Each year, the SFA honors one of the region’s leading culinary lights with the Craig Claiborne Lifetime Achievement Award, given to innovators whom all thinking eaters should know, the sort of people who have made indelible marks on our cuisine and our culture, setting regional standards and catalyzing national dialogues.
Named for the Mississippi-born journalist and critic who long directed New York Times food coverage, the 2014 award was presented at the 17th Southern Foodways Symposium, held October 23-26 at the University of Mississippi. This year the SFA honored food activist and fermentation revivalist Sandor Elix Katz. The author of Wild Fermentation and The Art of Fermentation, Katz is an in-demand speaker who appears at conferences around the world.
A former policy wonk, Katz departed New York City in 1993 for rural Cannon County, Tennessee, where he now teaches and mentors a new generation of food activists and foodways practitioners. Katz has been profiled in publications including The New York Times and The New Yorker.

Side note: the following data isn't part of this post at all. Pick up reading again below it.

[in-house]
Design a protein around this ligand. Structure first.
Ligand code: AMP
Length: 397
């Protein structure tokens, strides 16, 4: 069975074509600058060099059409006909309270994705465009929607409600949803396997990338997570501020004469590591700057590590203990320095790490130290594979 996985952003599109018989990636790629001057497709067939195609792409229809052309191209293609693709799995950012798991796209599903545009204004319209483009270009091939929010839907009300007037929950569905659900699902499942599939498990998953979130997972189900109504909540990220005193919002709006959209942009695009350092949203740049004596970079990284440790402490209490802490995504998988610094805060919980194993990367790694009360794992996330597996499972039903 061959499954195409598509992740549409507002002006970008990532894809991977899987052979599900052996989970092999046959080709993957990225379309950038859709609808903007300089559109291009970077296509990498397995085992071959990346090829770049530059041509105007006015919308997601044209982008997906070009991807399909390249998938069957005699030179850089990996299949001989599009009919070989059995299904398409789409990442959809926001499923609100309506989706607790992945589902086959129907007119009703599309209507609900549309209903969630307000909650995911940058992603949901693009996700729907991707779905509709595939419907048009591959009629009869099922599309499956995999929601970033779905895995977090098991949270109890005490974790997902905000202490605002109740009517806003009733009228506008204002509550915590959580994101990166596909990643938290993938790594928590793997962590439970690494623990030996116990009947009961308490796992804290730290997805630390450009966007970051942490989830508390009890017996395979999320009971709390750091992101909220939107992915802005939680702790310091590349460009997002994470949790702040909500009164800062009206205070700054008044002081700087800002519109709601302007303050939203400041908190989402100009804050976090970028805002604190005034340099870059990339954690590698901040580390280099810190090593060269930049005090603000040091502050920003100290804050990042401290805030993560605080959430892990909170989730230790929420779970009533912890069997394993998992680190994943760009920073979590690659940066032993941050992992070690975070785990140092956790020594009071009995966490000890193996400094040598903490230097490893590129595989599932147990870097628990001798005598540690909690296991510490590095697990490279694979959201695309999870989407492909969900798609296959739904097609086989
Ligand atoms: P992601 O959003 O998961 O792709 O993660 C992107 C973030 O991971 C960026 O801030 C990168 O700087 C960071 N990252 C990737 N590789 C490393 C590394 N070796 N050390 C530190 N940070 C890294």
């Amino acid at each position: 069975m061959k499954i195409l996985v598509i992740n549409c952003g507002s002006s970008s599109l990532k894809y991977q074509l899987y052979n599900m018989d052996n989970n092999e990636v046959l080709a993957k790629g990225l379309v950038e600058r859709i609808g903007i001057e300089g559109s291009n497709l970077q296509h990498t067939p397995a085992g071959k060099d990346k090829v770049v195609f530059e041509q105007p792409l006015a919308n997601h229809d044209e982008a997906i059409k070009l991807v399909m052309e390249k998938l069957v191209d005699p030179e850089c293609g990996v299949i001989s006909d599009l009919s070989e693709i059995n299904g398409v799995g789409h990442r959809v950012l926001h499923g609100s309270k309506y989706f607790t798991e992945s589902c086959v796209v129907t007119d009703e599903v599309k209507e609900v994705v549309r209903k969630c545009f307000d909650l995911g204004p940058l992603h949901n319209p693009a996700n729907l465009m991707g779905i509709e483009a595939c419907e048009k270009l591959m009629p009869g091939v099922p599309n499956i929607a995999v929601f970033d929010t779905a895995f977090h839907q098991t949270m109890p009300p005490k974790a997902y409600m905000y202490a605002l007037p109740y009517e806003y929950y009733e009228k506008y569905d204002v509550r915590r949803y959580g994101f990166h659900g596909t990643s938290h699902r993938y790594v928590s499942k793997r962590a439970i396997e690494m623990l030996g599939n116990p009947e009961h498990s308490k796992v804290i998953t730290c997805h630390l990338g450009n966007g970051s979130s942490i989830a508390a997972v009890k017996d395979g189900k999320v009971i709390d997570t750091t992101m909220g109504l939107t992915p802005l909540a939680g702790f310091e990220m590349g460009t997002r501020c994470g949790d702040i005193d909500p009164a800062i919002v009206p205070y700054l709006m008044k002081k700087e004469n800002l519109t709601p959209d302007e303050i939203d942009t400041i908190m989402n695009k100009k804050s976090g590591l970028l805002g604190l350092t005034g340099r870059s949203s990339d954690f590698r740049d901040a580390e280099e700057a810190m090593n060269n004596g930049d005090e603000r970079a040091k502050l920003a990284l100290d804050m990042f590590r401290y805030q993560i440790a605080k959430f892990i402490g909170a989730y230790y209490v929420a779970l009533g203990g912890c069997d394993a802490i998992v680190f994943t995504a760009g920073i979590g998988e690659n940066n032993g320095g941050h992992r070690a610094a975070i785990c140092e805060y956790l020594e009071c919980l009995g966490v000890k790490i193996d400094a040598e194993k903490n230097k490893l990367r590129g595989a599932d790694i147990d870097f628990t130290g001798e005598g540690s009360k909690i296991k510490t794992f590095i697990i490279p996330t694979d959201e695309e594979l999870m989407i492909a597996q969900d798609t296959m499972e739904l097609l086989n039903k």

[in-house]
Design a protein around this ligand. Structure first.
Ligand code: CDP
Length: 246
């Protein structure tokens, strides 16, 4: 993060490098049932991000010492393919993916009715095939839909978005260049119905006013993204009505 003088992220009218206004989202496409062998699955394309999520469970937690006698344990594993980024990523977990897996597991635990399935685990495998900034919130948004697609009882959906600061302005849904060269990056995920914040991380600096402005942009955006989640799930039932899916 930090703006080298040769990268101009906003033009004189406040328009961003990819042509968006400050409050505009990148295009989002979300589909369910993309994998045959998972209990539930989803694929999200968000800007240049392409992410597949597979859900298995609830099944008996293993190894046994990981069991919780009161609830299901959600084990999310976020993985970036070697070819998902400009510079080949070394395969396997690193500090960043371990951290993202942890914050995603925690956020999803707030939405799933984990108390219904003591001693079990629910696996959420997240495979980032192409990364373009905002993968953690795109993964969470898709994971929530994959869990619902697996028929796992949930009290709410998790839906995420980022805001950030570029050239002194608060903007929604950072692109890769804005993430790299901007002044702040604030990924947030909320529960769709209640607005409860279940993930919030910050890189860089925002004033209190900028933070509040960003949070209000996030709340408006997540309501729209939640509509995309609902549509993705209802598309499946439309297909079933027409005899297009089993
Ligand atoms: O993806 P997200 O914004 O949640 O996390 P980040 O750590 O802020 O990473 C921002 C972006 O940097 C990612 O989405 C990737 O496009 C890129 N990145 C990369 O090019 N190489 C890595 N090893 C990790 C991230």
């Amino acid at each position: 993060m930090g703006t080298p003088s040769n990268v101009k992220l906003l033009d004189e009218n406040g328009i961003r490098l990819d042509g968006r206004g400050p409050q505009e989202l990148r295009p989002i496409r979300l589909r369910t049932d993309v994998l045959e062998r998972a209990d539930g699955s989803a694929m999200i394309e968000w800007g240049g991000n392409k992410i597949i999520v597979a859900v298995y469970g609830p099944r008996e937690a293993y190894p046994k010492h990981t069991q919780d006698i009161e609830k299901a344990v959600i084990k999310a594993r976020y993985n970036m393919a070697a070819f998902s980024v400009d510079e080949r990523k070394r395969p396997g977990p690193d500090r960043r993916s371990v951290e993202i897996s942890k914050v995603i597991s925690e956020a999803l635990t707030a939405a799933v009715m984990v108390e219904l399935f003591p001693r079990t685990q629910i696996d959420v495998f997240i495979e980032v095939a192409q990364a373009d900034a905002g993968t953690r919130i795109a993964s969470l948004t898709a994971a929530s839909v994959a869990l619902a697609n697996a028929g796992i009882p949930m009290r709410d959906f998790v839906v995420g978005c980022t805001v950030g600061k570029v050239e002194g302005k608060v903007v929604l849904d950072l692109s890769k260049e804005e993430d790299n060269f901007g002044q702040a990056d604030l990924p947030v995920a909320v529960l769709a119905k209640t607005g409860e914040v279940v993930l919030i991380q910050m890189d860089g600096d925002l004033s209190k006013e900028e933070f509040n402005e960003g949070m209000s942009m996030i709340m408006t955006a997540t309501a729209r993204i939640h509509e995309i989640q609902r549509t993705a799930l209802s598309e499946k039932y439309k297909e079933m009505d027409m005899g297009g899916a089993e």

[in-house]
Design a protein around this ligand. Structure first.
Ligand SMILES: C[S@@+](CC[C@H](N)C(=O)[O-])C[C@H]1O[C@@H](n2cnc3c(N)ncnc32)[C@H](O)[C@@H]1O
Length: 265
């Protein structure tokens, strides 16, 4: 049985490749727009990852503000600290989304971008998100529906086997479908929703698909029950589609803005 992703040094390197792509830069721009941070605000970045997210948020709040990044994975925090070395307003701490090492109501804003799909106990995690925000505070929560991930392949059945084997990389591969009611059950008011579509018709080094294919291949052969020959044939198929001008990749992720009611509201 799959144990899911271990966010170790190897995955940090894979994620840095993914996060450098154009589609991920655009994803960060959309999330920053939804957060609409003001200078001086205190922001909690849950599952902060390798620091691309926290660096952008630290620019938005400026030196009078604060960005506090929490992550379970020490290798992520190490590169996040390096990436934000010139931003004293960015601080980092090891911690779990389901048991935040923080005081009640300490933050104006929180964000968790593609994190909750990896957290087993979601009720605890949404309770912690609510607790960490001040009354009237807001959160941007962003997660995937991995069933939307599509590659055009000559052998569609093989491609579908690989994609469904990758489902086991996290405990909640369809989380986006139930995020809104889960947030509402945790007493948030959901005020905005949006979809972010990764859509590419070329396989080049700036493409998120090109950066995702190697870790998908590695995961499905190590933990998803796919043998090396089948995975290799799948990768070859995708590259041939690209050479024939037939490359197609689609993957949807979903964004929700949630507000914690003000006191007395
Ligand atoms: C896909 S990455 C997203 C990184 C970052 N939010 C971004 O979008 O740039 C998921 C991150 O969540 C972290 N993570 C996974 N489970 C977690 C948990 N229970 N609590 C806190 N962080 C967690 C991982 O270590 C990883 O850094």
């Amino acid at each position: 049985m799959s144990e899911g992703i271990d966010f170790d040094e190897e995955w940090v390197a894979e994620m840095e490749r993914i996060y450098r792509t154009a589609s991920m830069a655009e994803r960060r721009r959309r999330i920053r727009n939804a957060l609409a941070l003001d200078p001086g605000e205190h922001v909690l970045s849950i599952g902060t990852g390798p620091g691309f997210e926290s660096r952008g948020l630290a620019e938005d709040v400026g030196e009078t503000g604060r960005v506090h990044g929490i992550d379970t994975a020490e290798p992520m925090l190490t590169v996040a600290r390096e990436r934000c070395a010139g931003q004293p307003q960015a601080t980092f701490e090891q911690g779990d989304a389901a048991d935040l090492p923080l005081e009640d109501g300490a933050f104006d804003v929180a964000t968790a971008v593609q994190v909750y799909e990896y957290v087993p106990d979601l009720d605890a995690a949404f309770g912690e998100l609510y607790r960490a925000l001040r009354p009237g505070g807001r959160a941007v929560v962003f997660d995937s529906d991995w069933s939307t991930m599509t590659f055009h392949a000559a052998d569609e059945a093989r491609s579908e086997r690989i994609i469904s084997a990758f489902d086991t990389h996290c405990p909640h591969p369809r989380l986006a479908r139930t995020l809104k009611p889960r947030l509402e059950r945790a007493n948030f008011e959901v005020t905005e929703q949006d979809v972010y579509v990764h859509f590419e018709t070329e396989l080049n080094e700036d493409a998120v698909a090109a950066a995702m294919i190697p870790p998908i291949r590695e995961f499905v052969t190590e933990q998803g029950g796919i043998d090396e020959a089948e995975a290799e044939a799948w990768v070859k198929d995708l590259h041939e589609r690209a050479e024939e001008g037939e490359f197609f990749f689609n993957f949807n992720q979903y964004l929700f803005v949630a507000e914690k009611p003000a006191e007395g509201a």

At the Symposium, SFA board vice-president Rob Long hosted a wide-ranging conversation with Katz that spanned topics including identity, the heritage and practice of preservation, and the connections between activism and foodways. Also at the Symposium, Joe York of the Southern Documentary Project debuted a short SFA film that focused on Katz’s life in rural Tennessee.